It is at this period that we may regard the Theocratic kingdom as formally inaugurated. A horde of liberated slaves were constituted a nation; they received a divine law for their government, and the complete frame of their civil and ecclesiastical polity was organised and constructed by divine authority. Every step of the process by which a childless old man grew into a nation reveals a divine purpose and a divine plan. Never was any nationality so formed; none ever existed for such a purpose; none ever bore such a relationship to God; none ever possessed such a miraculous history; none was ever exalted to such glorious privilege; none ever fell by such a tremendous doom.

There can be no doubt that the nation of Israel was designated to be the depositary and conservator of the knowledge of the living and true God in the earth. For this purpose the nation was constituted, and brought into a unique relation to the Most High, such as not other people ever sustained. To secure this purpose the Lord Himself became their King, and they became His subjects; while all the institutions and laws which were imposed upon them had reference to God, not only as the Creator of all things, but as the Sovereign of the nation. To express and carry out this idea of the kingship of God over Israel is the manifest object of the ceremonial apparatus of worship set up in the wilderness: ‘Jehovah caused a royal tent to be erected in the centre of the encampment (where the pavilions of all kings and chiefs were usually erected), and to be fitted up with all the splendour of royalty, as a moveable palace. It was divided into three apartments, in the innermost of which was the royal throne, supported by golden cherubs; and the footstool of the throne, a gilded ark containing the tables of the law, the Magna Charta of church and state. In the anteroom a gilded table was spread with bread and wine, as the royal table; and precious incense was burned. The exterior room or court might be considered the royal culinary apartment, and there music was performed, like the music at the festive tables of Eastern monarchs. God made choice of the Levites for His courtiers, state officers, and palace guards; and of Aaron for the chief officer of the court and first minister of state. For the maintenance of these officers He assigned one of the tithes which the Hebrews were to pay as rent for the use of the land. Finally, He required all the Hebrew males of a suitable age to repair to His palace every year, on the three great annual festivals, with presents, to render homage to their King; and as these days of renewing their homage were to be celebrated with festivity and joy, the second tithe was expended in providing the entertainments necessary for those occasions. In short, every religious duty was made a matter of political obligation; and all the civil regulations, even the most minute, were so founded upon the relation of the people to God, and so interwoven with their religious duties, that the Hebrew could not separate his God and his King, and in every law was reminded equally of both. Consequently the nation, so long as it had a national existence, could not entirely lose the knowledge, or discontinue the worship, of the true God.’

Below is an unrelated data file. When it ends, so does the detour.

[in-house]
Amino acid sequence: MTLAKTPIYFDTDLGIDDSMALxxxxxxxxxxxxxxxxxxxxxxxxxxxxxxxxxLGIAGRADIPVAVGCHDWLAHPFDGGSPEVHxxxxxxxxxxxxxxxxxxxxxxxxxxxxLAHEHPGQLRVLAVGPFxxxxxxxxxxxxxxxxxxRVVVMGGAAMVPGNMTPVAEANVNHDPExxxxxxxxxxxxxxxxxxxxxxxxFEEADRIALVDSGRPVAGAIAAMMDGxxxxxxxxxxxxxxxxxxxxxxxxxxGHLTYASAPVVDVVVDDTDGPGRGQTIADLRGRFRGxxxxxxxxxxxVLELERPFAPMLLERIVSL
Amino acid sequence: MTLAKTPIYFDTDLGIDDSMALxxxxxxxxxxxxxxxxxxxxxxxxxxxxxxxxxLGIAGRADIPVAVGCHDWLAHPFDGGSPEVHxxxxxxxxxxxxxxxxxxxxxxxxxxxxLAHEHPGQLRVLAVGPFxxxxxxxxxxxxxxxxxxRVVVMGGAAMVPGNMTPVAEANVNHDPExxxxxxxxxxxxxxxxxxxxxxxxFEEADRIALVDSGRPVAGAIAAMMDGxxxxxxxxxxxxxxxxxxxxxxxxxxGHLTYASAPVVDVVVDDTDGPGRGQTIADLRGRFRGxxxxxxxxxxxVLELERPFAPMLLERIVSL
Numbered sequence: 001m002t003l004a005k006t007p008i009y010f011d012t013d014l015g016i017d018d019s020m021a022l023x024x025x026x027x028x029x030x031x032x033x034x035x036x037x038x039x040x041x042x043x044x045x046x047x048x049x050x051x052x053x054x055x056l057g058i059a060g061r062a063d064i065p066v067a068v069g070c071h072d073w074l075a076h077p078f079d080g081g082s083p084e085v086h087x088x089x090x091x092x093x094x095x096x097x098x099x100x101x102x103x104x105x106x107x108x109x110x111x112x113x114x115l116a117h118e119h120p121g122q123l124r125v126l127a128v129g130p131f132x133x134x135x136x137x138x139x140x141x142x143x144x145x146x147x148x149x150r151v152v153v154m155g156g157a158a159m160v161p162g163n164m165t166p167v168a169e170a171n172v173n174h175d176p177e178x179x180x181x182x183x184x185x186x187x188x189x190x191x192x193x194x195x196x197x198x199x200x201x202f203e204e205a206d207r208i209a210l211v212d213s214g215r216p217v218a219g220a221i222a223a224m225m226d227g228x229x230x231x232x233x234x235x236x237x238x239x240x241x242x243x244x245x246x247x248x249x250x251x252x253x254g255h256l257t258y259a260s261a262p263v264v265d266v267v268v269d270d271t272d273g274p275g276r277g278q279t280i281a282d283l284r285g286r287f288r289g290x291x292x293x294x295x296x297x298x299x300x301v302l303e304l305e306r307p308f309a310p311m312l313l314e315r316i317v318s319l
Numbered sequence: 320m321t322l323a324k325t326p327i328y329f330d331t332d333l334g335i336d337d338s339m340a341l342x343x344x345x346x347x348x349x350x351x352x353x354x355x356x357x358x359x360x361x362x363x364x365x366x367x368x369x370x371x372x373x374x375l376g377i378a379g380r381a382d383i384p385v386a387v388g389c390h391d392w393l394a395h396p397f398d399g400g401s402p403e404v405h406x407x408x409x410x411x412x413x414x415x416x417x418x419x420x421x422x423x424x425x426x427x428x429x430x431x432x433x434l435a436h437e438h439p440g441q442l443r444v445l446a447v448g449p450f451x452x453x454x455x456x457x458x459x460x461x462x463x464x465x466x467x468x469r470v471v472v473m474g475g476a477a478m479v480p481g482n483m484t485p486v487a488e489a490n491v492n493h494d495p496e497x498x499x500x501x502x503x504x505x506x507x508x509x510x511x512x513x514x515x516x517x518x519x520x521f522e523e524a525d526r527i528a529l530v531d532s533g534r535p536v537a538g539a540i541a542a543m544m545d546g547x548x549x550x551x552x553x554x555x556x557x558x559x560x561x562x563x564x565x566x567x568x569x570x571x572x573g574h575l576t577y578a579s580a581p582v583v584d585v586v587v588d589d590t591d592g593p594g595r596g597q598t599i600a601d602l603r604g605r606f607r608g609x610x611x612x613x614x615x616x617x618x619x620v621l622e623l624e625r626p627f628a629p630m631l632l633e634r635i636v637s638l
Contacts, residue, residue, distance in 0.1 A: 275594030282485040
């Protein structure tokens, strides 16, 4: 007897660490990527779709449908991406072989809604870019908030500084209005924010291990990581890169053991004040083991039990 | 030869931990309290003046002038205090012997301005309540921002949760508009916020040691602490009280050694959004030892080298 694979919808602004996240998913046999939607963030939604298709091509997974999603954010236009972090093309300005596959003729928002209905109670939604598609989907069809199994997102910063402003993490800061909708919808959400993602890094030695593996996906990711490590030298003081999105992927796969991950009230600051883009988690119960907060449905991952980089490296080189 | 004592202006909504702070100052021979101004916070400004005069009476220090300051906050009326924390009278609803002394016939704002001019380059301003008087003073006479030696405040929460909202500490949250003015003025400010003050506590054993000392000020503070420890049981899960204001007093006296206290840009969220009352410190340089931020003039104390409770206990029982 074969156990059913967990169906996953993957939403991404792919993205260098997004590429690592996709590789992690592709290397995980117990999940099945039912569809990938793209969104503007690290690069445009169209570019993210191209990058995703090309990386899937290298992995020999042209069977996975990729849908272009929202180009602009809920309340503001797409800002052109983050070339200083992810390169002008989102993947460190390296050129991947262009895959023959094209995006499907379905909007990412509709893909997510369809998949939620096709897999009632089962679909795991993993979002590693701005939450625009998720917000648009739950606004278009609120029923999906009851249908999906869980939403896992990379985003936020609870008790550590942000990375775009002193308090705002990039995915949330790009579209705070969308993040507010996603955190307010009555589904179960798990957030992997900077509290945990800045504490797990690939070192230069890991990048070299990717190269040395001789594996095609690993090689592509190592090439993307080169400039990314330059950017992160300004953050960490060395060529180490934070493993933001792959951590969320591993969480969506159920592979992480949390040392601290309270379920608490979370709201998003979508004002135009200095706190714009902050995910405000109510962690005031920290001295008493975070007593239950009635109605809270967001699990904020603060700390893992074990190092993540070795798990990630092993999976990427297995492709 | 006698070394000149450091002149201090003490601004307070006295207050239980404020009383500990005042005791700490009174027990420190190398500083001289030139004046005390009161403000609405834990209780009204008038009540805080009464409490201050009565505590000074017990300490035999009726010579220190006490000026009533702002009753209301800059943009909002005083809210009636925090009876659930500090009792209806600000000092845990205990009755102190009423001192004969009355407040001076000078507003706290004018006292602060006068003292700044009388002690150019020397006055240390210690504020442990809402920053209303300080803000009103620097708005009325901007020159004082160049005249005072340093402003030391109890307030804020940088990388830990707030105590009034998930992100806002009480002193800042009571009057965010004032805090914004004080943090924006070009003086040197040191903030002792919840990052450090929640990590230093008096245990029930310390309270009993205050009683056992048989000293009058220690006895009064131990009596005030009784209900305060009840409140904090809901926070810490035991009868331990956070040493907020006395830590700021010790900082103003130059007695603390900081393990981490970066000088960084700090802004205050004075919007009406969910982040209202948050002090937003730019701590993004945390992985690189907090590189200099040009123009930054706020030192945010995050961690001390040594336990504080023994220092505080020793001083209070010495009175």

Such was the government instituted by Jehovah among the children of Israel---a true Theocracy; the only real Theocracy that ever existed upon earth. Its intense and exclusive national character deserves particular notice. It was the distinctive privilege of the children of Abraham, and of them alone: ‘The Lord thy God hath chosen thee to be a special people unto himself, above all people that are upon the face of the earth’ (Deut. vii. 6). ‘You only have I known of all the families of the earth’ (Amos iii. 2). ‘He hath not dealt so with any nation’ (Ps. cxlvii. 20). The Most High was the Lord of the whole earth, but He was the King of Israel in an altogether peculiar sense. He was their covenanted Ruler; they were His covenanted people. They came under the most sacred and solemn obligations to be loyal subjects to their invisible Sovereign, to worship Him alone, and to be faithful to His law (Deut. xxvi. 16-18). As the reward of obedience they had the promise of unbounded prosperity and national greatness; they were to be ‘high above all nations in praise and in name and in honour’ (Deut. xxvi. 19); while, on the other hand, the penalties of disloyalty and unfaithfulness were correspondingly dreadful; the curse of the broken covenant would overtake them in a signal and terrible retribution, to which there should be no parallel in the history of mankind, past or to come. (Deut. xxviii.)